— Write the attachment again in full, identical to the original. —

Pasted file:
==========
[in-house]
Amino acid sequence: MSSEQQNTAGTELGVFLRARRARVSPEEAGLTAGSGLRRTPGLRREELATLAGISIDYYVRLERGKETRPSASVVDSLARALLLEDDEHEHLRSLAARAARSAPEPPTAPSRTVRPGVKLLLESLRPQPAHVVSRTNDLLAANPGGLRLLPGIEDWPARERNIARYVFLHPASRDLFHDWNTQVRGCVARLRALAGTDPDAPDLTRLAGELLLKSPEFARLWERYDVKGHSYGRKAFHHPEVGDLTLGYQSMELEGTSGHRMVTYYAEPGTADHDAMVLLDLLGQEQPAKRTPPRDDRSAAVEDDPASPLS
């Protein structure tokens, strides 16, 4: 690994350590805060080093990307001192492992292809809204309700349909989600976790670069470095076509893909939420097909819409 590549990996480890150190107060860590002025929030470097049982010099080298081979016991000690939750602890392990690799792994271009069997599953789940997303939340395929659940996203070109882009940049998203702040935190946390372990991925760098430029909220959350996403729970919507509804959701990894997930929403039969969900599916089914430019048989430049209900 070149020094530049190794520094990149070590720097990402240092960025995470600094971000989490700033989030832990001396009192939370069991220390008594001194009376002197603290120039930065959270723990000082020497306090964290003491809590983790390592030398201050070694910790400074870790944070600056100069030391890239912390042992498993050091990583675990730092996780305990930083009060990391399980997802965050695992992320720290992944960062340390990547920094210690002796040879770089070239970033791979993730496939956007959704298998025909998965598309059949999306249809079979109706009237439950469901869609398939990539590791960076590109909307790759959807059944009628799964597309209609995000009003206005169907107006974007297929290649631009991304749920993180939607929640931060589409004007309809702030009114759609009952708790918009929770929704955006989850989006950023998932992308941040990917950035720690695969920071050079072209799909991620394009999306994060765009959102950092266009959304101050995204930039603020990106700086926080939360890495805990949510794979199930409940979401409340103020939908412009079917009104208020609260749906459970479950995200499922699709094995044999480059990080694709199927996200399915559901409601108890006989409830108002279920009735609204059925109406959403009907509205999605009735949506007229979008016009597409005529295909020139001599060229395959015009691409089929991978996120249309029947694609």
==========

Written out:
[in-house]
Amino acid sequence: MSSEQQNTAGTELGVFLRARRARVSPEEAGLTAGSGLRRTPGLRREELATLAGISIDYYVRLERGKETRPSASVVDSLARALLLEDDEHEHLRSLAARAARSAPEPPTAPSRTVRPGVKLLLESLRPQPAHVVSRTNDLLAANPGGLRLLPGIEDWPARERNIARYVFLHPASRDLFHDWNTQVRGCVARLRALAGTDPDAPDLTRLAGELLLKSPEFARLWERYDVKGHSYGRKAFHHPEVGDLTLGYQSMELEGTSGHRMVTYYAEPGTADHDAMVLLDLLGQEQPAKRTPPRDDRSAAVEDDPASPLS
């Protein structure tokens, strides 16, 4: 690994350590805060080093990307001192492992292809809204309700349909989600976790670069470095076509893909939420097909819409 590549990996480890150190107060860590002025929030470097049982010099080298081979016991000690939750602890392990690799792994271009069997599953789940997303939340395929659940996203070109882009940049998203702040935190946390372990991925760098430029909220959350996403729970919507509804959701990894997930929403039969969900599916089914430019048989430049209900 070149020094530049190794520094990149070590720097990402240092960025995470600094971000989490700033989030832990001396009192939370069991220390008594001194009376002197603290120039930065959270723990000082020497306090964290003491809590983790390592030398201050070694910790400074870790944070600056100069030391890239912390042992498993050091990583675990730092996780305990930083009060990391399980997802965050695992992320720290992944960062340390990547920094210690002796040879770089070239970033791979993730496939956007959704298998025909998965598309059949999306249809079979109706009237439950469901869609398939990539590791960076590109909307790759959807059944009628799964597309209609995000009003206005169907107006974007297929290649631009991304749920993180939607929640931060589409004007309809702030009114759609009952708790918009929770929704955006989850989006950023998932992308941040990917950035720690695969920071050079072209799909991620394009999306994060765009959102950092266009959304101050995204930039603020990106700086926080939360890495805990949510794979199930409940979401409340103020939908412009079917009104208020609260749906459970479950995200499922699709094995044999480059990080694709199927996200399915559901409601108890006989409830108002279920009735609204059925109406959403009907509205999605009735949506007229979008016009597409005529295909020139001599060229395959015009691409089929991978996120249309029947694609």